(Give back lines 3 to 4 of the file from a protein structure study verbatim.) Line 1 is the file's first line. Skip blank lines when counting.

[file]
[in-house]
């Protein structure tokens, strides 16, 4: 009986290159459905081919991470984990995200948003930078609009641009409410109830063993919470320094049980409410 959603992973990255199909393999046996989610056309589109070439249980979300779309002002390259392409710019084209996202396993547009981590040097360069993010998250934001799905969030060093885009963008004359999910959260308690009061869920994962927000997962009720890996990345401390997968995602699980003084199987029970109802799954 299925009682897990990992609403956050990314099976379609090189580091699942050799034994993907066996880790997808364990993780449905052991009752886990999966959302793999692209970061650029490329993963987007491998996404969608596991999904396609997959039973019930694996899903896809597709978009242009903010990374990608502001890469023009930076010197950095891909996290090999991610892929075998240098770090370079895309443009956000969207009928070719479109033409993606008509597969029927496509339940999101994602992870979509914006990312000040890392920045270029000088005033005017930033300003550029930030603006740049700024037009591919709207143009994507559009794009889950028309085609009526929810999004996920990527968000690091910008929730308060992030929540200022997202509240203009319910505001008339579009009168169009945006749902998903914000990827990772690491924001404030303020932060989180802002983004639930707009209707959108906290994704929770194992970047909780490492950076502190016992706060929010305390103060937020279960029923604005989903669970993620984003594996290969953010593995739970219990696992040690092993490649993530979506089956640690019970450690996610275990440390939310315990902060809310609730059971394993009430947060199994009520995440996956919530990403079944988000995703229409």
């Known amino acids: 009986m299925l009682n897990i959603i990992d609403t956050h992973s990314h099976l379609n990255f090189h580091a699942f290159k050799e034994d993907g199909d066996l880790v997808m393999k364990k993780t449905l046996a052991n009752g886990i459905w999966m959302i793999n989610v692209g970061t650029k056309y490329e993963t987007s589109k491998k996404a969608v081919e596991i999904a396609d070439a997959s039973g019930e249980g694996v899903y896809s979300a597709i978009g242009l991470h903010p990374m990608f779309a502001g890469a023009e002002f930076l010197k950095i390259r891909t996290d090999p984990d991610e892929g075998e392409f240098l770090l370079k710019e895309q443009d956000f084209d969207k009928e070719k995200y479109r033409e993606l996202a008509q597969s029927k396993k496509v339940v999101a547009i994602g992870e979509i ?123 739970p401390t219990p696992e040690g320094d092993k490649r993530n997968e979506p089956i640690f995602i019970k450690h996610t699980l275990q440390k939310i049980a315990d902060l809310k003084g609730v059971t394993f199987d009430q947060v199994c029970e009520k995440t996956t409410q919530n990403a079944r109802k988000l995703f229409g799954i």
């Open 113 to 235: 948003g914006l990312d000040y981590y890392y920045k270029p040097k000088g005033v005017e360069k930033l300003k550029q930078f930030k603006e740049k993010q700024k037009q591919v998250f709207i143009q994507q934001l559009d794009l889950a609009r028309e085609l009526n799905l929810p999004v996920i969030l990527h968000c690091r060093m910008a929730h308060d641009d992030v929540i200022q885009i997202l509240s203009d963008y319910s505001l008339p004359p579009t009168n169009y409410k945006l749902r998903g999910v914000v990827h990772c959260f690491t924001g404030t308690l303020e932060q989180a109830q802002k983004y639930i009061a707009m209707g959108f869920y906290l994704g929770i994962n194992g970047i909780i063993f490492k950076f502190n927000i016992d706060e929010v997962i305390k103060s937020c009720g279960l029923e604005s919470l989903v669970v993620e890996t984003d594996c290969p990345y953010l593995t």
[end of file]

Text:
């Known amino acids: 009986m299925l009682n897990i959603i990992d609403t956050h992973s990314h099976l379609n990255f090189h580091a699942f290159k050799e034994d993907g199909d066996l880790v997808m393999k364990k993780t449905l046996a052991n009752g886990i459905w999966m959302i793999n989610v692209g970061t650029k056309y490329e993963t987007s589109k491998k996404a969608v081919e596991i999904a396609d070439a997959s039973g019930e249980g694996v899903y896809s979300a597709i978009g242009l991470h903010p990374m990608f779309a502001g890469a023009e002002f930076l010197k950095i390259r891909t996290d090999p984990d991610e892929g075998e392409f240098l770090l370079k710019e895309q443009d956000f084209d969207k009928e070719k995200y479109r033409e993606l996202a008509q597969s029927k396993k496509v339940v999101a547009i994602g992870e979509i ?123 739970p401390t219990p696992e040690g320094d092993k490649r993530n997968e979506p089956i640690f995602i019970k450690h996610t699980l275990q440390k939310i049980a315990d902060l809310k003084g609730v059971t394993f199987d009430q947060v199994c029970e009520k995440t996956t409410q919530n990403a079944r109802k988000l995703f229409g799954i």
């Open 113 to 235: 948003g914006l990312d000040y981590y890392y920045k270029p040097k000088g005033v005017e360069k930033l300003k550029q930078f930030k603006e740049k993010q700024k037009q591919v998250f709207i143009q994507q934001l559009d794009l889950a609009r028309e085609l009526n799905l929810p999004v996920i969030l990527h968000c690091r060093m910008a929730h308060d641009d992030v929540i200022q885009i997202l509240s203009d963008y319910s505001l008339p004359p579009t009168n169009y409410k945006l749902r998903g999910v914000v990827h990772c959260f690491t924001g404030t308690l303020e932060q989180a109830q802002k983004y639930i009061a707009m209707g959108f869920y906290l994704g929770i994962n194992g970047i909780i063993f490492k950076f502190n927000i016992d706060e929010v997962i305390k103060s937020c009720g279960l029923e604005s919470l989903v669970v993620e890996t984003d594996c290969p990345y953010l593995t």